Self-hosting e-mail is kind of a challenging task as you have to keep up with all the mechanisms modern mail transport has to offer (e.g. SPF, DKIM, DMARC, DANE etc.). If you don't, the big guys (MS Exchange, Gmail & co.) will start rejecting your mails or marking them as spam and your inboxes will start becoming an easy target for spammers. Mailcow is a cool project that tries to lift most of the weight of hosting your own mail server from your shoulders. Unfortunately, there are still some uncovered subjects. One of them is MTA-STS.
I don't know what SPF, DKIM and DMARC mean.
Skip this part, if you do. Otherwise, bookmark this page, google the terms, implement them as quickly as you can and come back.
MTA-STS stands for Mail Transfer Agent Strict Transport Security and is specified in RFC8461. MTA-STS is the counterpart for DNSSEC/DANE and it aims to force mail servers to communicate via TLS secured connections. This offers multiple benefits:
- Enhanced security against routing-based attacks (Spoofing, Cache Poisoning, MITM) even without DNSSEC/DANE as most DNS providers and mail hosters don't fully support DNSSEC/DANE (yet).
- Encrypted mail transfer between mail servers to guarantee confidentiality and integrity during mail transport.
Choose: MTA-STS or DNSSEC/DANE
MTA-STS and DNSSEC/DANE can be implemented and used on their own without the other or you can implement both. Both offer the same kind of security for similar problems. Therefore, you have to implement at least one of them. If you don't, attackers can easily reroute your mails to read and modify them.
How to implement MTA-STS policy (for mailcow)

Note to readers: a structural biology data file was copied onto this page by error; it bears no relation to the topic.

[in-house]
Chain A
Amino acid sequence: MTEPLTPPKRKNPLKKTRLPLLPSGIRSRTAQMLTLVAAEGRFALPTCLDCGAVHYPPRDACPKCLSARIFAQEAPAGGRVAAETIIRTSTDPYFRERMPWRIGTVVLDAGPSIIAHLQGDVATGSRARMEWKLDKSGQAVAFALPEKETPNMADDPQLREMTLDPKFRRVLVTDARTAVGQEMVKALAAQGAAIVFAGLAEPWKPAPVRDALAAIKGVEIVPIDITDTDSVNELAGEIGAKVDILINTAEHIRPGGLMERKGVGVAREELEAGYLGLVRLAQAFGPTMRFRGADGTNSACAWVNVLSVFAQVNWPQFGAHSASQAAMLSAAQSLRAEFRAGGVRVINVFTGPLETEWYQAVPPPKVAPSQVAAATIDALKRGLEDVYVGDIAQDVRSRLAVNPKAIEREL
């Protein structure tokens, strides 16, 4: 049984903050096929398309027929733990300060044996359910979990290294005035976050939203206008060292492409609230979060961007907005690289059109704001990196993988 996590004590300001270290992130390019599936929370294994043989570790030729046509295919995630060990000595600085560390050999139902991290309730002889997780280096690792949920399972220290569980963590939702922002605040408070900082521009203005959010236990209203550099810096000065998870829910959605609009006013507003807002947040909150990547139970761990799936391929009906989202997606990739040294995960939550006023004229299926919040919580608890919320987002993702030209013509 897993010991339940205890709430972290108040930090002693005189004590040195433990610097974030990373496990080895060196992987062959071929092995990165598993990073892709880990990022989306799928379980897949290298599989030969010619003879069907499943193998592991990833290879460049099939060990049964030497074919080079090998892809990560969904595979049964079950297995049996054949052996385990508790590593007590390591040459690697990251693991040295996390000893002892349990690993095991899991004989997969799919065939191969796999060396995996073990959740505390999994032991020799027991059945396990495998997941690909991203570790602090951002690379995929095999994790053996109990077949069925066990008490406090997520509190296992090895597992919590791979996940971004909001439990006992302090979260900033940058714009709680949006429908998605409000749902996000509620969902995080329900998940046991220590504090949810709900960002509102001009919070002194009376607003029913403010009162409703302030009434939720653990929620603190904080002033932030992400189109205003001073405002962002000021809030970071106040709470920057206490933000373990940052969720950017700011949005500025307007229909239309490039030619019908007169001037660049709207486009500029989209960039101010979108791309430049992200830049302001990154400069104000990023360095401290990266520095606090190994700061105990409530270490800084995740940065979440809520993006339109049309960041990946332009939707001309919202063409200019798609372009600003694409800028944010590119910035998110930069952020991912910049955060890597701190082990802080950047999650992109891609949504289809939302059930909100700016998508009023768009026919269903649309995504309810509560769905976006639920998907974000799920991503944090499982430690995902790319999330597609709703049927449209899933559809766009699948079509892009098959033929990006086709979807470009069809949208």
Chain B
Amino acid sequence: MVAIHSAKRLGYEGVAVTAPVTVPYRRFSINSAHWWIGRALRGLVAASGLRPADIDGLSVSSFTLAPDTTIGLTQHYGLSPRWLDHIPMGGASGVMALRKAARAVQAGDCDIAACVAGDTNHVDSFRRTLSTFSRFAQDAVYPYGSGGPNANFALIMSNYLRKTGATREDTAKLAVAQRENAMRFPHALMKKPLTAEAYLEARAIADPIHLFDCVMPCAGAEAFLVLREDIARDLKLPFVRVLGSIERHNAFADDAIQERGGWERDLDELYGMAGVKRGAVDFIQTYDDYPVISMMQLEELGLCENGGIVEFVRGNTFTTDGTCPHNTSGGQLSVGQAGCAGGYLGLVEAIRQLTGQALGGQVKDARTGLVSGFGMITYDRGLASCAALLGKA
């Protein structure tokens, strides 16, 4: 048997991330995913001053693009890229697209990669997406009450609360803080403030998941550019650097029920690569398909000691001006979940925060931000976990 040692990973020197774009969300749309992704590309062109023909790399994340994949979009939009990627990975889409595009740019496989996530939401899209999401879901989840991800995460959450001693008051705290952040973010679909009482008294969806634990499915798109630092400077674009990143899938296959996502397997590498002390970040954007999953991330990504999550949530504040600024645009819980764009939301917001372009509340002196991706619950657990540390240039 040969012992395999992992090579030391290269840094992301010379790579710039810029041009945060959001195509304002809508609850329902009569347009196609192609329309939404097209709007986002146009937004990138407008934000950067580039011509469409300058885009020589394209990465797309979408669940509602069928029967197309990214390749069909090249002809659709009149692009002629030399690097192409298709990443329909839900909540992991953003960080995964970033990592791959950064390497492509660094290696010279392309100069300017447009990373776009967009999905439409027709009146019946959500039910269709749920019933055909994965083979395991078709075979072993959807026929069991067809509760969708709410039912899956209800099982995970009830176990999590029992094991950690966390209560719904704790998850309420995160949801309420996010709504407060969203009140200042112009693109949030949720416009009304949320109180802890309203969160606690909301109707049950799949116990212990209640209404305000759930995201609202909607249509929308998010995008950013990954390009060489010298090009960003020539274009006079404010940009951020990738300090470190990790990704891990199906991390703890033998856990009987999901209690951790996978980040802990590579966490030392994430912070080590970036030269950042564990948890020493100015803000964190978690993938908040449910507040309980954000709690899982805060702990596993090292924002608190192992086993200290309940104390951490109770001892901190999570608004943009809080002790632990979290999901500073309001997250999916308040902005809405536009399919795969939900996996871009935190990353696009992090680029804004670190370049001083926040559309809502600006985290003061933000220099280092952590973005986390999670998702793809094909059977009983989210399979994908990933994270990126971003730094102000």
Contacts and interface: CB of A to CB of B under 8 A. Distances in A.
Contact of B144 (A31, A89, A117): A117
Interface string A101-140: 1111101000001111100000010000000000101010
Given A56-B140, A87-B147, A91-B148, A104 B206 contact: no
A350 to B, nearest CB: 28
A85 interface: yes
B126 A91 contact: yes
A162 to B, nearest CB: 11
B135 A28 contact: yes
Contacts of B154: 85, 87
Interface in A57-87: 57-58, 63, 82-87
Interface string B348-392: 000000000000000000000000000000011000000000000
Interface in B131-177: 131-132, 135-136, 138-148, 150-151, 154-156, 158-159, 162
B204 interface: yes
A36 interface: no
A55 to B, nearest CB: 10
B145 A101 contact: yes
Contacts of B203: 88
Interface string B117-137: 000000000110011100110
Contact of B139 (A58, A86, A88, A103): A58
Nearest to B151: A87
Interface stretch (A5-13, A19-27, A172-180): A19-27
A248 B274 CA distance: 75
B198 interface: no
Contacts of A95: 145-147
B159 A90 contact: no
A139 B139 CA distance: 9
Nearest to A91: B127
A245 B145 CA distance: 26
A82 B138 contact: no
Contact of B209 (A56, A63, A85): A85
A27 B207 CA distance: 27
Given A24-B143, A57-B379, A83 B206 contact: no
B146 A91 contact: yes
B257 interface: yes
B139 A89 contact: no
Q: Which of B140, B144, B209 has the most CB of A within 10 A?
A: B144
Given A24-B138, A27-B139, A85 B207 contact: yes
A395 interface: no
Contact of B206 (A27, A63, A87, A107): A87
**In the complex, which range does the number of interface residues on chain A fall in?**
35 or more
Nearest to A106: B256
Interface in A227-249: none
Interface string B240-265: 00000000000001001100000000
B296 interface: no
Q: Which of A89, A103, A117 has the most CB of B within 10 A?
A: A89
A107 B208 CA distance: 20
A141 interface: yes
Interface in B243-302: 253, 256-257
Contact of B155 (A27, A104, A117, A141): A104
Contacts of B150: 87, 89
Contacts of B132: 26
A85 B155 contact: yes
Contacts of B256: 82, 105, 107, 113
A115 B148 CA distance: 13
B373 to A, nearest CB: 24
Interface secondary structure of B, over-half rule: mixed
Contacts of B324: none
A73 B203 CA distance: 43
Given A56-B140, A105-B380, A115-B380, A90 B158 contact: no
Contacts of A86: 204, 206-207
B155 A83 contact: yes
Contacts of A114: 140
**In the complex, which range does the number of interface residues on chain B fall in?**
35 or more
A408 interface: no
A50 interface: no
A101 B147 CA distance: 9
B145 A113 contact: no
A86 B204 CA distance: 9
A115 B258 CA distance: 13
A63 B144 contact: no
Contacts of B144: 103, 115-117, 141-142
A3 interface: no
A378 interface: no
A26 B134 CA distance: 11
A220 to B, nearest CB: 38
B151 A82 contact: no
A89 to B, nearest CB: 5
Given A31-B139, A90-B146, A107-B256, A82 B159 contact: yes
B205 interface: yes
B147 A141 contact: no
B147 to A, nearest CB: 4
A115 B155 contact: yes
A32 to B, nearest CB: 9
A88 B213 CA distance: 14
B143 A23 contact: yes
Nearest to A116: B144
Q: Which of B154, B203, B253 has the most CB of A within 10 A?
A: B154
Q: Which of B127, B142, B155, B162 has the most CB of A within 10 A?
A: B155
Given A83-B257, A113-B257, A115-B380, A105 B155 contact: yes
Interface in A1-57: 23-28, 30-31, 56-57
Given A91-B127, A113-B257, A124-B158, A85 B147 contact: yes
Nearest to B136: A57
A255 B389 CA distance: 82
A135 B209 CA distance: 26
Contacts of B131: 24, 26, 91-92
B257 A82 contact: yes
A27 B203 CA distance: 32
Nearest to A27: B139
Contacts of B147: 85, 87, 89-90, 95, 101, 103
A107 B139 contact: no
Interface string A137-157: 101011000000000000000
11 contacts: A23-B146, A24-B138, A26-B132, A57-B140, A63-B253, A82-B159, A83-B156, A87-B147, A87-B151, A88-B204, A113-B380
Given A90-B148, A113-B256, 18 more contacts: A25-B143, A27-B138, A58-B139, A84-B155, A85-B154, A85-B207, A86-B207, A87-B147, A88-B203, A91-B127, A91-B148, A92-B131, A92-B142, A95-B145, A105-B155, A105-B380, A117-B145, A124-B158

MTA-STS requires two things:
- 3 DNS entries for every domain you want to receive mails to or send from
- A web server with trusted certificates for every domain you want to receive/send mails to/from that serves a text file
The following guide will show you how you can easily implement both requirements with mailcow. I assume that you have a correctly configured mailcow instance and your mail server has the hostname "mail.example.com".
!!! Make sure to replace every occurrence of mail.example.com with your mail domain !!!
We start by adding the following 3 DNS entries to the DNS zone of your mail server. The assumption is, that your mail server "mail.example.com" has an A/AAAA record.
Make sure to also replace "firstname.lastname@example.org" with your preferred email for reports.
Afterward, you need to add the following 3 CNAME DNS entries to every one of your domains that use your mailcow server for e-mail.
Go into your mailcow folder (should be
/opt/mailcow-dockerized/). Then go to
data/web/.well-known/. Afterward, create a file called
touch mta-sts.txt). Open up the file in your favorite editor (e.g. vim or nano) and enter the following content:
version: STSv1 mode: enforce max_age: 172800 mx: mail.example.com mx: *.example.com
Example from Google: https://mta-sts.google.com/.well-known/mta-sts.txt
Certificates for every mta-sts.* Domain
Mailcow provides a simple way to automatically issue the right certificates for each of your configured mail domains (inside the mailcow UI).
Go into your mailcow folder (should be
/opt/mailcow-dockerized/) and open the
mailcow.conf in your favorite editor. Now, scroll till you see
ADDITIONAL_SERVER_NAMES and add
mta-sts.* to both variables, like:
# ... ADDITIONAL_SAN=mta-sts.* # ... ADDITIONAL_SERVER_NAMES=mta-sts.*
Save the file and reload the configuration by running
docker-compose up -d inside your mailcow folder.
Check if everything works
If everything works, you should now be able to open a link like
for every domain you configured in mailcow. If not, the reason for this could be that the DNS entries did not propagate yet. Then, just wait a few hours, run
docker-compose restart acme-mailcow in your mailcow folder and try again.
You should also go to checkTLS.com, enter your mail domain, click on "more options", set "check MTA-STS" and hit "Run Test". If everything is ok, it should look like this:
This is just the policy
The good news is that you implemented the MTA-STS policy. However, this is just the policy part. Other mail servers will use the policy to force secured transports. Mailcow, though, will not check the MTA-STS policies of other mail servers it tries to contact. There is an open github issue on the mailcow repo about fully implementing MTA-STS checks (see #1809).
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